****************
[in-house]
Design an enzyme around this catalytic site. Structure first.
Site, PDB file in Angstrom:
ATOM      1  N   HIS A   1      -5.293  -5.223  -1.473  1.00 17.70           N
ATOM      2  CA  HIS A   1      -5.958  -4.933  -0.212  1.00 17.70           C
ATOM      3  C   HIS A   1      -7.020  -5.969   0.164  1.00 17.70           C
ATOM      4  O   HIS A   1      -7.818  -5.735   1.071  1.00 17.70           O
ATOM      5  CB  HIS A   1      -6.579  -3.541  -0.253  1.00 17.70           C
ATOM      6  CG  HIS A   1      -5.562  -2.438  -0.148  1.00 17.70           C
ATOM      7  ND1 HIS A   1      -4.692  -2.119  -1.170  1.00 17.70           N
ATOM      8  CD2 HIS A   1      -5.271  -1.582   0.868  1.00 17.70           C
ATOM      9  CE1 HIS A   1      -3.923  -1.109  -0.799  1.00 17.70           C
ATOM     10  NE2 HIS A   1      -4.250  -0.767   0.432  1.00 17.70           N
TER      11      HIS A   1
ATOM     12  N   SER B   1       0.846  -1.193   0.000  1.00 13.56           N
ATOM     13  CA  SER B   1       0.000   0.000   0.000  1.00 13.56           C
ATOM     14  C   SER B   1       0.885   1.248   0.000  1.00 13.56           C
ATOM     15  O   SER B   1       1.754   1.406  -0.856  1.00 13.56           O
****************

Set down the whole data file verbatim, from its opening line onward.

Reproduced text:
[in-house]
Design an enzyme around this catalytic site. Structure first.
Site, PDB file in Angstrom:
ATOM      1  N   HIS A   1      -5.293  -5.223  -1.473  1.00 17.70           N
ATOM      2  CA  HIS A   1      -5.958  -4.933  -0.212  1.00 17.70           C
ATOM      3  C   HIS A   1      -7.020  -5.969   0.164  1.00 17.70           C
ATOM      4  O   HIS A   1      -7.818  -5.735   1.071  1.00 17.70           O
ATOM      5  CB  HIS A   1      -6.579  -3.541  -0.253  1.00 17.70           C
ATOM      6  CG  HIS A   1      -5.562  -2.438  -0.148  1.00 17.70           C
ATOM      7  ND1 HIS A   1      -4.692  -2.119  -1.170  1.00 17.70           N
ATOM      8  CD2 HIS A   1      -5.271  -1.582   0.868  1.00 17.70           C
ATOM      9  CE1 HIS A   1      -3.923  -1.109  -0.799  1.00 17.70           C
ATOM     10  NE2 HIS A   1      -4.250  -0.767   0.432  1.00 17.70           N
TER      11      HIS A   1
ATOM     12  N   SER B   1       0.846  -1.193   0.000  1.00 13.56           N
ATOM     13  CA  SER B   1       0.000   0.000   0.000  1.00 13.56           C
ATOM     14  C   SER B   1       0.885   1.248   0.000  1.00 13.56           C
ATOM     15  O   SER B   1       1.754   1.406  -0.856  1.00 13.56           O